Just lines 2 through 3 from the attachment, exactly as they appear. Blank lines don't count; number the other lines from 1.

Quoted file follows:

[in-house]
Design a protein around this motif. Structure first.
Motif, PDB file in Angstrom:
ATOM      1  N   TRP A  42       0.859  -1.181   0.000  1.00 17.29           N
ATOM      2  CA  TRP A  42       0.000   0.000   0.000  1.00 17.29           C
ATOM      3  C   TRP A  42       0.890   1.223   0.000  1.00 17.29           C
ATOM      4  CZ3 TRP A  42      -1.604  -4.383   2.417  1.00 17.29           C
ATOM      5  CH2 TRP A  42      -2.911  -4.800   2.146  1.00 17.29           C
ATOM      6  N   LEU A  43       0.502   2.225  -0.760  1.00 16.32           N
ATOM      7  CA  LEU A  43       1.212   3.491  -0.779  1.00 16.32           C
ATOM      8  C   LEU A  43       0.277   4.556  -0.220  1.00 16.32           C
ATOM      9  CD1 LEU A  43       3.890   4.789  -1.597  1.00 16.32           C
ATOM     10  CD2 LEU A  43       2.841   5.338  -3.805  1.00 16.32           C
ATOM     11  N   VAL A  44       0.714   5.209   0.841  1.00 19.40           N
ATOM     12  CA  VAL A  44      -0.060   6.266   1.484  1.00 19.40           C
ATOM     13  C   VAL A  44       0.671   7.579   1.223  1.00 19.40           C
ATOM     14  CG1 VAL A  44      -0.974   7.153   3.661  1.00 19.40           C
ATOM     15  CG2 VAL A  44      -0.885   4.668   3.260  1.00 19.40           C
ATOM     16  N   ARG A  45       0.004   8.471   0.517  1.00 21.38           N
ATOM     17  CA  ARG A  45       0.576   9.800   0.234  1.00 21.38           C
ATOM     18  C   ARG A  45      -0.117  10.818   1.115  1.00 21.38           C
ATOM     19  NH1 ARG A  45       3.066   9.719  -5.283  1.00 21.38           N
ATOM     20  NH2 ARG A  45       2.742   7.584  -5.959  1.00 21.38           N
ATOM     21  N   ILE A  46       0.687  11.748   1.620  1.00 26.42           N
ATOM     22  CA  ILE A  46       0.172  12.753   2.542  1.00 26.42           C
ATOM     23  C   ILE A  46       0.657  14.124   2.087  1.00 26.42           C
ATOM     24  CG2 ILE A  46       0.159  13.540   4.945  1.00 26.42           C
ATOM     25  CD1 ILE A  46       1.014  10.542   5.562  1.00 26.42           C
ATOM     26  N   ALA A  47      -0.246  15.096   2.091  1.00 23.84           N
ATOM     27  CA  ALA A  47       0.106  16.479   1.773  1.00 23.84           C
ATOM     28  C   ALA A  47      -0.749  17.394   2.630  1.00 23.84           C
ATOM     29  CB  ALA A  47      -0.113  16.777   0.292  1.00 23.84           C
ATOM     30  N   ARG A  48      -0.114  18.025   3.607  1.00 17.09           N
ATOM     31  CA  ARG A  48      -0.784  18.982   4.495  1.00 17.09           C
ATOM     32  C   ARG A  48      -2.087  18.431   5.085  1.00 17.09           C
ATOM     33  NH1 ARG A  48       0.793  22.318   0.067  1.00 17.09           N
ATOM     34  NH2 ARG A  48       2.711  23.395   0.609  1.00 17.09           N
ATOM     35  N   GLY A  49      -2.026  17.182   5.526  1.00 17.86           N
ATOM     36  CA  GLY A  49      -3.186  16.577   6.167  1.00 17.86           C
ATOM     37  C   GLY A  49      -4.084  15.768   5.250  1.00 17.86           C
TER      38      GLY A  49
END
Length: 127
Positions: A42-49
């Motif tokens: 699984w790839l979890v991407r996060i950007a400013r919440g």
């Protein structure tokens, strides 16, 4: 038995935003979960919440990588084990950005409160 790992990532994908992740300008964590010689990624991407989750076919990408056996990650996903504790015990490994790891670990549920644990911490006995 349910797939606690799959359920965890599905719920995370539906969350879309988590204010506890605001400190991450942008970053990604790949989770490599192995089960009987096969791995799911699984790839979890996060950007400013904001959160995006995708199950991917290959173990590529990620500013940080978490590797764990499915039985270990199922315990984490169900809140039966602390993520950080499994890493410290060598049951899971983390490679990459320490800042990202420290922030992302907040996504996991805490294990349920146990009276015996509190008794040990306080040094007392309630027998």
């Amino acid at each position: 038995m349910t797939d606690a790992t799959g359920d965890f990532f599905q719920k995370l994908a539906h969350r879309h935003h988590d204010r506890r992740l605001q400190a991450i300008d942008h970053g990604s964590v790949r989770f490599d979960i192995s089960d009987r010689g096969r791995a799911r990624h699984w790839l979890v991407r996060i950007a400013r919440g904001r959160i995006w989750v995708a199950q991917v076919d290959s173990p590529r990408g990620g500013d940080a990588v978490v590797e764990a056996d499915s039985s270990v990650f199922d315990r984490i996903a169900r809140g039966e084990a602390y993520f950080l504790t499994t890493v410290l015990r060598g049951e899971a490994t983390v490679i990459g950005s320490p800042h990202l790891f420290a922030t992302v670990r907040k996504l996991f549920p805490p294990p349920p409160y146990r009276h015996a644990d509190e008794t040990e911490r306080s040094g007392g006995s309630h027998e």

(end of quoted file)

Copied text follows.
Design a protein around this motif. Structure first.
Motif, PDB file in Angstrom: